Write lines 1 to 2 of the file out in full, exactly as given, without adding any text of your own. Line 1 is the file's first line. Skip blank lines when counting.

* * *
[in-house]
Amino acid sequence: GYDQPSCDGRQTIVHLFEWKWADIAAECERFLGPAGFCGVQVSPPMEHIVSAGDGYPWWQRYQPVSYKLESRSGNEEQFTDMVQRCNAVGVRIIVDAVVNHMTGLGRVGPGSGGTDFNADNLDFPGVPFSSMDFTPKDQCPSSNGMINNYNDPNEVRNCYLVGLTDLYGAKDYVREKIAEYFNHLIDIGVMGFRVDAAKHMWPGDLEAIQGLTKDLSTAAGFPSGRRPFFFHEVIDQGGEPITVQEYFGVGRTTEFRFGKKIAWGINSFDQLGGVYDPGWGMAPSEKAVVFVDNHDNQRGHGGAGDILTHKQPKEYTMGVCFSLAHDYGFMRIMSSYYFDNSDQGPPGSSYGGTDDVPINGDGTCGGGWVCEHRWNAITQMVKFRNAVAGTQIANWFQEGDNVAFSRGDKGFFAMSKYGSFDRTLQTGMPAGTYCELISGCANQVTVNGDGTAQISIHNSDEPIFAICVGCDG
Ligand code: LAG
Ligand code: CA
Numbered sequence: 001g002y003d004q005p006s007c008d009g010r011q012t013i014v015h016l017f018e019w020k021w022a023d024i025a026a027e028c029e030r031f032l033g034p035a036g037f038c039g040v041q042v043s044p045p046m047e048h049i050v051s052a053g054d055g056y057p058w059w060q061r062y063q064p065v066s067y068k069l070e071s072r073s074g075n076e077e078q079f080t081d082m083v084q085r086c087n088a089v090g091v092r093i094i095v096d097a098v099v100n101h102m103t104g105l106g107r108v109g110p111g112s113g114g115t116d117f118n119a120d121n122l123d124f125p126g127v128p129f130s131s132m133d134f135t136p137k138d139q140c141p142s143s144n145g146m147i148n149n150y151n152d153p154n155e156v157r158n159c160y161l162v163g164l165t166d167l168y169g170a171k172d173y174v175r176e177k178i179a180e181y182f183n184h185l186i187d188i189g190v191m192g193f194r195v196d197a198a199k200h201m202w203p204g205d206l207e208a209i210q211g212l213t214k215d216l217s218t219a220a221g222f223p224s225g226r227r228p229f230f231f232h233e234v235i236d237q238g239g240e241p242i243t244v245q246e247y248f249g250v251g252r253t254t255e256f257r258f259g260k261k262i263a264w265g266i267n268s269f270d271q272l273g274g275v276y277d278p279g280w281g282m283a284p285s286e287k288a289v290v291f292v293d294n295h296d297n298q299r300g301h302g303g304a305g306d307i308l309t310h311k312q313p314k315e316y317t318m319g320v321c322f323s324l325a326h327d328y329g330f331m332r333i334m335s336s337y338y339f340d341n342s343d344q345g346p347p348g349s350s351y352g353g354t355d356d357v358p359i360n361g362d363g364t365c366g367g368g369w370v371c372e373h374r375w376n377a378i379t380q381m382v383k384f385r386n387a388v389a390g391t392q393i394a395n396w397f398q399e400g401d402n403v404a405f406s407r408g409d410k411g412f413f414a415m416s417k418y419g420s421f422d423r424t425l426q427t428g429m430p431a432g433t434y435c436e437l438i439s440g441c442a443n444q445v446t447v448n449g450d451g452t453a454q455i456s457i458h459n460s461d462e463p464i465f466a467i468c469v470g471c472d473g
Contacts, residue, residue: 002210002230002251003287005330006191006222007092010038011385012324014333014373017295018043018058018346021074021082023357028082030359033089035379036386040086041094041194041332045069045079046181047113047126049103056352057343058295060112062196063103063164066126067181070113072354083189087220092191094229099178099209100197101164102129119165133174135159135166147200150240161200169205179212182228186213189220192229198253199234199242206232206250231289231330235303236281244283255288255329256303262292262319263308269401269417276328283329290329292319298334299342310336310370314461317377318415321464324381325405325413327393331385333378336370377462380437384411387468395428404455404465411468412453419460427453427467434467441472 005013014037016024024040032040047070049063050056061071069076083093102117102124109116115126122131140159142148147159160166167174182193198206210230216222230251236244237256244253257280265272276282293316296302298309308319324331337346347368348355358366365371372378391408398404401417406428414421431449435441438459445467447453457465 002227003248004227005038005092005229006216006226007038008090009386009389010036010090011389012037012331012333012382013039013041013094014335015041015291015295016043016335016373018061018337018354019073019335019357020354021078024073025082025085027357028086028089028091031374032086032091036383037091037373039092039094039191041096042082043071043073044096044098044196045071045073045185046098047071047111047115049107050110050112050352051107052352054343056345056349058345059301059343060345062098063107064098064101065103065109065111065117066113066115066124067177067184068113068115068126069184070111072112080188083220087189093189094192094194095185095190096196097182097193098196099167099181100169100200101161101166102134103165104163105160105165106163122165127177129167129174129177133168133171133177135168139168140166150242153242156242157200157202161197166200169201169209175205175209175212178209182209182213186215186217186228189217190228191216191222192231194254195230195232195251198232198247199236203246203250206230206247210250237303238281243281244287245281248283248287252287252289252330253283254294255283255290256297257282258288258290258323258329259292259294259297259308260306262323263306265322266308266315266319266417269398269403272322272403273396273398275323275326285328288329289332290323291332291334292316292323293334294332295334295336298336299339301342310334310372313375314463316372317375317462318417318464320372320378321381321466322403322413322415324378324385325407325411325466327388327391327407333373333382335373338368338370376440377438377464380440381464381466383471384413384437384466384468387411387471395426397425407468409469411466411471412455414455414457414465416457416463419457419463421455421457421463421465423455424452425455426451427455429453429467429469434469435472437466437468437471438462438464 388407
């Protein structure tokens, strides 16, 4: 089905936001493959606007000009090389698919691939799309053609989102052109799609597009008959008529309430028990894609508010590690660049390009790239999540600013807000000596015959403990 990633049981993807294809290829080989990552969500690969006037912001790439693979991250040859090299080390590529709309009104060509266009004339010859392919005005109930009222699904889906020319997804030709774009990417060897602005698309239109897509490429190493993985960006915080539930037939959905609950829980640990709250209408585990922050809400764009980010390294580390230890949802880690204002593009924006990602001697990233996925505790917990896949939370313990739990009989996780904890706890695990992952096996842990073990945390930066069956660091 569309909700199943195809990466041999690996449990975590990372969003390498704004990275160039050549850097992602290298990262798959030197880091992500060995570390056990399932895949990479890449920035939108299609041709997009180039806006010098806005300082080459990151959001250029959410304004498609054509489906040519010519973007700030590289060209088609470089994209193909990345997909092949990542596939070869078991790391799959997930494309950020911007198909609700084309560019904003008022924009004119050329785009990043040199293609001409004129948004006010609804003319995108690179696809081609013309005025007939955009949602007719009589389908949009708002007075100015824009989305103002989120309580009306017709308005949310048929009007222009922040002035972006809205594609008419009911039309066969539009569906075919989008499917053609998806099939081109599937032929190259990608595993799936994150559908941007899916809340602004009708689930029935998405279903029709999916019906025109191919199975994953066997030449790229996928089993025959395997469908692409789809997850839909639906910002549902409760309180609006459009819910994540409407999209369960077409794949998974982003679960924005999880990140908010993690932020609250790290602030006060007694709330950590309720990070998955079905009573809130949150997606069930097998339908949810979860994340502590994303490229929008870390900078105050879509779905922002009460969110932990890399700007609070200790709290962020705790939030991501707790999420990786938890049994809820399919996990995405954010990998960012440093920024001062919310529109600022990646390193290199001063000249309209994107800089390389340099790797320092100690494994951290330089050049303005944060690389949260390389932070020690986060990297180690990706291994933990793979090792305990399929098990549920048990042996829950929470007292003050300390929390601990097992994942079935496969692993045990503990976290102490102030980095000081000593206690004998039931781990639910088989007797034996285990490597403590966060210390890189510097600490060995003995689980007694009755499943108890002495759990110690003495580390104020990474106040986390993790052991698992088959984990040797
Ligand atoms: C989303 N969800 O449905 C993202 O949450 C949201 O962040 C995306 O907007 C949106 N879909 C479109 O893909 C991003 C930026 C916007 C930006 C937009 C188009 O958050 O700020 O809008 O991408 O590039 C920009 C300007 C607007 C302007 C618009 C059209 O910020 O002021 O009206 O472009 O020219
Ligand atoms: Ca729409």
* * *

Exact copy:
[in-house]
Amino acid sequence: GYDQPSCDGRQTIVHLFEWKWADIAAECERFLGPAGFCGVQVSPPMEHIVSAGDGYPWWQRYQPVSYKLESRSGNEEQFTDMVQRCNAVGVRIIVDAVVNHMTGLGRVGPGSGGTDFNADNLDFPGVPFSSMDFTPKDQCPSSNGMINNYNDPNEVRNCYLVGLTDLYGAKDYVREKIAEYFNHLIDIGVMGFRVDAAKHMWPGDLEAIQGLTKDLSTAAGFPSGRRPFFFHEVIDQGGEPITVQEYFGVGRTTEFRFGKKIAWGINSFDQLGGVYDPGWGMAPSEKAVVFVDNHDNQRGHGGAGDILTHKQPKEYTMGVCFSLAHDYGFMRIMSSYYFDNSDQGPPGSSYGGTDDVPINGDGTCGGGWVCEHRWNAITQMVKFRNAVAGTQIANWFQEGDNVAFSRGDKGFFAMSKYGSFDRTLQTGMPAGTYCELISGCANQVTVNGDGTAQISIHNSDEPIFAICVGCDG